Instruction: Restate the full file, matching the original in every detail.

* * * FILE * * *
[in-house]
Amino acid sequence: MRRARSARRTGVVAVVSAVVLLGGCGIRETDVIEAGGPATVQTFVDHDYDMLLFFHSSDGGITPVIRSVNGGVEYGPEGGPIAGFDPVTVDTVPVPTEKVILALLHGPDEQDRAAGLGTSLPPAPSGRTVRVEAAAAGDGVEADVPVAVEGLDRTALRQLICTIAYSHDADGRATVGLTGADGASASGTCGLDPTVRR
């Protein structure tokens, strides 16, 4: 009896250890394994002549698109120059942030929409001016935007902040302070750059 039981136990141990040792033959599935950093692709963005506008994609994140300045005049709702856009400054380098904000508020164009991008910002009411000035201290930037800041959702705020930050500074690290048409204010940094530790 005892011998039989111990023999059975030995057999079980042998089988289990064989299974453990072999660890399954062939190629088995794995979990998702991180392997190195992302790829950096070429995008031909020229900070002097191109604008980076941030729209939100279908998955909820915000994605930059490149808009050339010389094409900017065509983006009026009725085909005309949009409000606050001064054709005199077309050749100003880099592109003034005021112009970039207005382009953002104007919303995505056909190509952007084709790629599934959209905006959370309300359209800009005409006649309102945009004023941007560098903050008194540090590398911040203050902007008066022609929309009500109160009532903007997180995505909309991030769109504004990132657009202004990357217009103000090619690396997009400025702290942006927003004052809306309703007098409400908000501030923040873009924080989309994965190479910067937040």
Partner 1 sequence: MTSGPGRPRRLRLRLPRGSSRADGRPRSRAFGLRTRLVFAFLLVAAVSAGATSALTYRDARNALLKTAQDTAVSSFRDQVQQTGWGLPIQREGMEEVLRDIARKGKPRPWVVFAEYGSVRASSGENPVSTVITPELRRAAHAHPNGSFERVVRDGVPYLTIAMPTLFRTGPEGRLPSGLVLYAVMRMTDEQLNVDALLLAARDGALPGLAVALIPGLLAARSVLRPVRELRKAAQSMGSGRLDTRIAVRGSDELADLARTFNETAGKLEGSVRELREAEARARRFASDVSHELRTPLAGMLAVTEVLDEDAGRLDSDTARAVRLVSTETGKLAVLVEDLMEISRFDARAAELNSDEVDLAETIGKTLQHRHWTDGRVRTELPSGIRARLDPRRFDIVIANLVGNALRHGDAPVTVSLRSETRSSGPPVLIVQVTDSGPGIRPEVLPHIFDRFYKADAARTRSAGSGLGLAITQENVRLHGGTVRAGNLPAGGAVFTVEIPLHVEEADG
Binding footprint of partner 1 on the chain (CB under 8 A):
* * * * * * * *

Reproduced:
[in-house]
Amino acid sequence: MRRARSARRTGVVAVVSAVVLLGGCGIRETDVIEAGGPATVQTFVDHDYDMLLFFHSSDGGITPVIRSVNGGVEYGPEGGPIAGFDPVTVDTVPVPTEKVILALLHGPDEQDRAAGLGTSLPPAPSGRTVRVEAAAAGDGVEADVPVAVEGLDRTALRQLICTIAYSHDADGRATVGLTGADGASASGTCGLDPTVRR
């Protein structure tokens, strides 16, 4: 009896250890394994002549698109120059942030929409001016935007902040302070750059 039981136990141990040792033959599935950093692709963005506008994609994140300045005049709702856009400054380098904000508020164009991008910002009411000035201290930037800041959702705020930050500074690290048409204010940094530790 005892011998039989111990023999059975030995057999079980042998089988289990064989299974453990072999660890399954062939190629088995794995979990998702991180392997190195992302790829950096070429995008031909020229900070002097191109604008980076941030729209939100279908998955909820915000994605930059490149808009050339010389094409900017065509983006009026009725085909005309949009409000606050001064054709005199077309050749100003880099592109003034005021112009970039207005382009953002104007919303995505056909190509952007084709790629599934959209905006959370309300359209800009005409006649309102945009004023941007560098903050008194540090590398911040203050902007008066022609929309009500109160009532903007997180995505909309991030769109504004990132657009202004990357217009103000090619690396997009400025702290942006927003004052809306309703007098409400908000501030923040873009924080989309994965190479910067937040």
Partner 1 sequence: MTSGPGRPRRLRLRLPRGSSRADGRPRSRAFGLRTRLVFAFLLVAAVSAGATSALTYRDARNALLKTAQDTAVSSFRDQVQQTGWGLPIQREGMEEVLRDIARKGKPRPWVVFAEYGSVRASSGENPVSTVITPELRRAAHAHPNGSFERVVRDGVPYLTIAMPTLFRTGPEGRLPSGLVLYAVMRMTDEQLNVDALLLAARDGALPGLAVALIPGLLAARSVLRPVRELRKAAQSMGSGRLDTRIAVRGSDELADLARTFNETAGKLEGSVRELREAEARARRFASDVSHELRTPLAGMLAVTEVLDEDAGRLDSDTARAVRLVSTETGKLAVLVEDLMEISRFDARAAELNSDEVDLAETIGKTLQHRHWTDGRVRTELPSGIRARLDPRRFDIVIANLVGNALRHGDAPVTVSLRSETRSSGPPVLIVQVTDSGPGIRPEVLPHIFDRFYKADAARTRSAGSGLGLAITQENVRLHGGTVRAGNLPAGGAVFTVEIPLHVEEADG
Binding footprint of partner 1 on the chain (CB under 8 A):